Look at verse 23. Jesus says, “Blessed is he who does not fall away on account of me.” This statement is really shocking. People never imagine that anyone can fall away because of Jesus. But Jesus’ statement shows that we must be very careful not to fall away because of him. John the Baptist was confused and he almost fell away from his faith in Jesus, because Jesus did not do the things he had expected him to do. The way God worked was different from John’s way, John’s expectation. Many people have some vague, but fantastic ideas about serving God, so they try hard at first, expecting fantastic results. Then, when things do not go as they expected, but instead, persecution comes to them, or they suffer financially, they doubt about God, and give up their faith and mission. Some people when they believe in Jesus, think that everything will go very well - they will get all As at school, they will get good jobs, and have a wonderful family. But when things do not go as they have expected, they doubt about God’s love for them, and even end up losing their faith. We must not be like them. Blessed is he who does not fall away because of Jesus. How can we avoid this danger? Our Christian life must be real, not fantasy, based on the word of God, not on our own expectation. Our life must be rooted and built up in the word of God.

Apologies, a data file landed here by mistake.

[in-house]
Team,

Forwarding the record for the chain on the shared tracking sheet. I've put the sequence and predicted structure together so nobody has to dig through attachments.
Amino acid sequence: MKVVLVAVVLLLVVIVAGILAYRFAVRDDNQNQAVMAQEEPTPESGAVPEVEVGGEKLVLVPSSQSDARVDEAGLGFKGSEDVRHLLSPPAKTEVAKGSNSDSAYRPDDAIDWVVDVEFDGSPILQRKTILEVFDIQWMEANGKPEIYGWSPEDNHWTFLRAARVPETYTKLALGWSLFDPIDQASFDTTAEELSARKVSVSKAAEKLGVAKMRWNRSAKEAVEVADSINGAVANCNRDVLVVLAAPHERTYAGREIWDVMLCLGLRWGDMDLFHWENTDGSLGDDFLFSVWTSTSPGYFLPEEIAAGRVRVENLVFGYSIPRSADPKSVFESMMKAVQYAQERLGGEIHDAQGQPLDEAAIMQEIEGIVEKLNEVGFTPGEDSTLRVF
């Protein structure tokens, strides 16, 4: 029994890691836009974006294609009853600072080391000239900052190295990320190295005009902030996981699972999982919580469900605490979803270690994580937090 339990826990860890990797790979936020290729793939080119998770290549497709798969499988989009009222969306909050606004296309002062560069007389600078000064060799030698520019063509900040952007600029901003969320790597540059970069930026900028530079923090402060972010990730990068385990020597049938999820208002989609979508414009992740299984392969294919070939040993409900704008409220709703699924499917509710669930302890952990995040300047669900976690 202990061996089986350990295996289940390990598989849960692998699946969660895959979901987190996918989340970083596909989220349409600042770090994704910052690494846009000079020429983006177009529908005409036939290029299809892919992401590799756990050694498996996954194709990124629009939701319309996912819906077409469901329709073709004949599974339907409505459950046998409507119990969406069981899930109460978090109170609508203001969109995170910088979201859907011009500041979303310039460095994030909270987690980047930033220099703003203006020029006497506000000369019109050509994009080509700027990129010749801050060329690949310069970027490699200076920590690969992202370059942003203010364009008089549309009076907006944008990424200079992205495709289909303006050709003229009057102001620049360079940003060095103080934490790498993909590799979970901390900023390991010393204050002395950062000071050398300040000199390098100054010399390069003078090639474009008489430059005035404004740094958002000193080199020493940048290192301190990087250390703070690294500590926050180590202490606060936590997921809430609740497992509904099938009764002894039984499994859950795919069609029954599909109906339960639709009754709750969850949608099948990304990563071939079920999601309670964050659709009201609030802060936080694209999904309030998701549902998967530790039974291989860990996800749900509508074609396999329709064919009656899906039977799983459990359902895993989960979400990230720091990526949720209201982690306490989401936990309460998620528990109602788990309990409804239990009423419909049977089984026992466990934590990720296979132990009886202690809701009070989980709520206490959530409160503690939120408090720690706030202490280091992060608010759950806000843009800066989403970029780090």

Second, “What do you go out into the desert to see?” (24-28). After John’s messengers left, Jesus began to speak to the crowd about John. He said, “What did you go out into the desert to see? A reed swayed by the wind? If not, what did you go out to see? A man dressed in fine clothes? No, those who wear expensive clothes and indulge in luxury are in palaces.” When John was put in prison, it seemed that he was a failure. Even now he was confused, wondering if Jesus was really the promised Messiah or not. At this, some people may say, "Man, he was even confused about the most basic thing - Jesus' Messiahship?! What's wrong with him?" But Jesus recognized his greatness fully. He says, “What did you go out into the desert to see? A reed swayed by the wind?” Of, they did not go out into the desert to see a reed; if it were so, they would have gone to the beach. What is Jesus talking about? Jesus talks about John the Baptist that he was not a person like a reed that is swayed by the wind easily; instead, John was a man of integrity with a strong backbone, standing firm on God’s side, withstanding all kinds of difficulties, threats, persecutions and temptations. John was that kind of person – a man of integrity with strong backbone for God and God’s mission. How great it was for John that his Master Jesus recognized him this way. Some people live as God’s servants when things go well; but when difficulties rise and challenges come, when persecution comes, when they have to suffer for God, they are blown away and are not found in God’s work any longer – they are like a reed that is swayed away by the wind. Some people serve God’s work during college period when there is nothing to hold on. But after graduation when temptation for money and success comes, they are blown away – they are like a reed that is swayed away so easily. How do you want Jesus your Master describe you? We must be strong in Jesus Christ, taking down deep root in His grace, in his calling, and in his mission so that we can remain in him as faithful servants, standing firm for Him in any circumstances.